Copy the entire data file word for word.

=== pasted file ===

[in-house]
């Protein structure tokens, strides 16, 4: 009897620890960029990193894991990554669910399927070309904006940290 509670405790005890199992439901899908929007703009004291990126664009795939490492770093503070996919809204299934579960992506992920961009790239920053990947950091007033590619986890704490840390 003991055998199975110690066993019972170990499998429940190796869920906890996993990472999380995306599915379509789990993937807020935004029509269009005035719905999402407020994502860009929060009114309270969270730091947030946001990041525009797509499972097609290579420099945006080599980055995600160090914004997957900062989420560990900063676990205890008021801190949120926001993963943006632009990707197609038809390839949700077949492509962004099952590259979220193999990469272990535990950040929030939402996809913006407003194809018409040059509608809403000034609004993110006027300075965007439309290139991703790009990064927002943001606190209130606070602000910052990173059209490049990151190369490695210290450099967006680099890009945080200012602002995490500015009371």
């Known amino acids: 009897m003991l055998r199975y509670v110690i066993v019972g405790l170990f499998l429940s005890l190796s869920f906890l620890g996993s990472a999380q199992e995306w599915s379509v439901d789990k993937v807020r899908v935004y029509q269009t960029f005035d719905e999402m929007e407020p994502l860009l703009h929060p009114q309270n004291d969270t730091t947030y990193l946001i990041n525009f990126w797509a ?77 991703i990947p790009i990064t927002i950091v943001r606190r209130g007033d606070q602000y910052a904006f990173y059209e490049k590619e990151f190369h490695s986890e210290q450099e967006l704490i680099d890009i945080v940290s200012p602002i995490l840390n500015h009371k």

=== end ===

[in-house]
């Protein structure tokens, strides 16, 4: 009897620890960029990193894991990554669910399927070309904006940290 509670405790005890199992439901899908929007703009004291990126664009795939490492770093503070996919809204299934579960992506992920961009790239920053990947950091007033590619986890704490840390 003991055998199975110690066993019972170990499998429940190796869920906890996993990472999380995306599915379509789990993937807020935004029509269009005035719905999402407020994502860009929060009114309270969270730091947030946001990041525009797509499972097609290579420099945006080599980055995600160090914004997957900062989420560990900063676990205890008021801190949120926001993963943006632009990707197609038809390839949700077949492509962004099952590259979220193999990469272990535990950040929030939402996809913006407003194809018409040059509608809403000034609004993110006027300075965007439309290139991703790009990064927002943001606190209130606070602000910052990173059209490049990151190369490695210290450099967006680099890009945080200012602002995490500015009371």
């Known amino acids: 009897m003991l055998r199975y509670v110690i066993v019972g405790l170990f499998l429940s005890l190796s869920f906890l620890g996993s990472a999380q199992e995306w599915s379509v439901d789990k993937v807020r899908v935004y029509q269009t960029f005035d719905e999402m929007e407020p994502l860009l703009h929060p009114q309270n004291d969270t730091t947030y990193l946001i990041n525009f990126w797509a ?77 991703i990947p790009i990064t927002i950091v943001r606190r209130g007033d606070q602000y910052a904006f990173y059209e490049k590619e990151f190369h490695s986890e210290q450099e967006l704490i680099d890009i945080v940290s200012p602002i995490l840390n500015h009371k």